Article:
Diversified explorer Golden Deeps (ASX: GED) is about to begin drilling at the Khusib Springs copper mine in Namibia, testing for higher grade copper mineralisation on the margins of the historic stopes.
The mine closed in 2003 due to low copper prices at the time, the red metal having fallen to around US$1,500 per tonne.
That is in stark contrast to the present where copper has gone through the US$9,000/t mark.
Copper’s price has accelerated of late amid warnings that a shortage is looming due to the lack of major discoveries at a time when increasing demand is being driven by the metal’s electrical conductivity properties.
Khusib Springs historically also produced silver at high grades.
The mine is one of three major projects being undertaken by Golden Deeps. Others include the advanced Abenab vanadium-lead zinc deposit (also in Namibia) and the Tuckers Hill and Havilah projects on the Lachlan Fold Belt in NSW.
Drilling also testing between old underground workings and surface
Drilling will begin in April with an 18-hole, 750m reverse circulation program, pending approval from landholders.
The program will also test for up-plunge extensions to the deposit that was mined from underground but not extended to surface.
Between 1996 and 2003, Khusib Springs produced 300,000t at 10% copper and 584g/t silver.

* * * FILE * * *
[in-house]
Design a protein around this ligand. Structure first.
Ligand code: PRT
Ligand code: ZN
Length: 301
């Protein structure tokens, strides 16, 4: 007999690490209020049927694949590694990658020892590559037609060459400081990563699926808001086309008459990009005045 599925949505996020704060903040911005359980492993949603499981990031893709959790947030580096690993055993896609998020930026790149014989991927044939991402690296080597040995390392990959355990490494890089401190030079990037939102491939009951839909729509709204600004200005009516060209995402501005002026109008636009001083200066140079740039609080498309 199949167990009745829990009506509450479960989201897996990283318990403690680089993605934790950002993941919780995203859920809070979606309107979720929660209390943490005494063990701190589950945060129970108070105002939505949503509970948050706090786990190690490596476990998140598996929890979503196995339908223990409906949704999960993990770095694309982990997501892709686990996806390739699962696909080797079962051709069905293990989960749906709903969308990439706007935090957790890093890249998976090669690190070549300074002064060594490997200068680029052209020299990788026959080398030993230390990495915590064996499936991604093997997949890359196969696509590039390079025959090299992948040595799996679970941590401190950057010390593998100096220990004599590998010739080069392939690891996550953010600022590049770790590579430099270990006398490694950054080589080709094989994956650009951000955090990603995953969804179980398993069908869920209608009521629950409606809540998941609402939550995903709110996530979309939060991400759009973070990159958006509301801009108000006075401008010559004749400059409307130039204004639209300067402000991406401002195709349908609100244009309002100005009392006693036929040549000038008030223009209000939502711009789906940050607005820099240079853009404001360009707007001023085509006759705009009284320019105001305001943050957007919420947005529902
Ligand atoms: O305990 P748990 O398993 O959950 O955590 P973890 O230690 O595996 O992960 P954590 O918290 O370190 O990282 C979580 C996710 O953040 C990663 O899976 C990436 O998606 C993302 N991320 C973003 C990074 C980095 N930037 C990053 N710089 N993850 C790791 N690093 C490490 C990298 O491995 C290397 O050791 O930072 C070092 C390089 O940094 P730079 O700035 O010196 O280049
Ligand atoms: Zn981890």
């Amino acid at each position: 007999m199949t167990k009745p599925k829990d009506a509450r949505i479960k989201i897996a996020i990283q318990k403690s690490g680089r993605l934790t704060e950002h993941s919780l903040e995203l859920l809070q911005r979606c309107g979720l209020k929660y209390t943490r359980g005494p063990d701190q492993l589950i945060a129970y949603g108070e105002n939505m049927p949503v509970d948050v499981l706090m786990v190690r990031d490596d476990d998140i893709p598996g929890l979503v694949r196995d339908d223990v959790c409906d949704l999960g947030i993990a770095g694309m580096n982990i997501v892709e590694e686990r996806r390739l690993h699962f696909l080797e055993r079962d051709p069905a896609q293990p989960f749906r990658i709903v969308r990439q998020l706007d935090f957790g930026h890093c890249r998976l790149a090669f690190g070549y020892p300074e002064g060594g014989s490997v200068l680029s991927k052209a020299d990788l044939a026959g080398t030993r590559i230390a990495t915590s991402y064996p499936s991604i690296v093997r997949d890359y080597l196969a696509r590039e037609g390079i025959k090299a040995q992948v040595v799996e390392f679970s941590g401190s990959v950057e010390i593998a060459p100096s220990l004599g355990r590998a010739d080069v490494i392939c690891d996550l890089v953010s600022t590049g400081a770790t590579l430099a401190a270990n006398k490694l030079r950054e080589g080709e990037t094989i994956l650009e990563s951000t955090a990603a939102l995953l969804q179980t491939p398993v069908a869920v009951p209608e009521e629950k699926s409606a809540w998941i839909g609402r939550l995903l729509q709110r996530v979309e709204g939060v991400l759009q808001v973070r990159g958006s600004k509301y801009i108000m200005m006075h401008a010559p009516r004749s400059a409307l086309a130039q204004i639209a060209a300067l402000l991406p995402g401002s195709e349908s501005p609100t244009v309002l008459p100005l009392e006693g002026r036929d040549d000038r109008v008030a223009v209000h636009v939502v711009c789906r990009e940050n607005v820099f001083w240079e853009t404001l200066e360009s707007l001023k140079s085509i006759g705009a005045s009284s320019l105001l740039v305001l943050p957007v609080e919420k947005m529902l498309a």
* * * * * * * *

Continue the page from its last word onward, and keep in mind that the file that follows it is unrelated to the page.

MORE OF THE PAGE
Historic intersections at Khusib Springs comprised 4.5m at 35.19% copper, 3.67% lead, 2.23% zinc and 2,090.91g/t silver, along with 14m at 8.12% copper, 0.75% lead, 0.52% zinc and 385.06g/t silver.
Study shows remaining copper-silver mineralisation
Khusib Springs is located near the town of Grootfontein in Namibia.
The mine’s closure in 2003 came with the falling copper price coinciding with the depletion of the easily mineable high-grade ore.
Golden Deeps says the Khusib Springs mine is considered analogous with the Tsumeb mine, which is 40km to the northwest.
Between 1905 and 1996 that mine produced 30Mt at 4.3% copper, 10% lead and 3.5% zinc.
Last year, Golden Deeps commissioned a geological study of Khusib Springs.
The consultants, after validating historic drilling data and examining mine and stoping plans, concluded that there are remnant zones of copper-silver mineralisation on the margins of the mined stopes as well as at depth.
The company believes that the remaining ore was probably left because of the then prevailing low copper prices.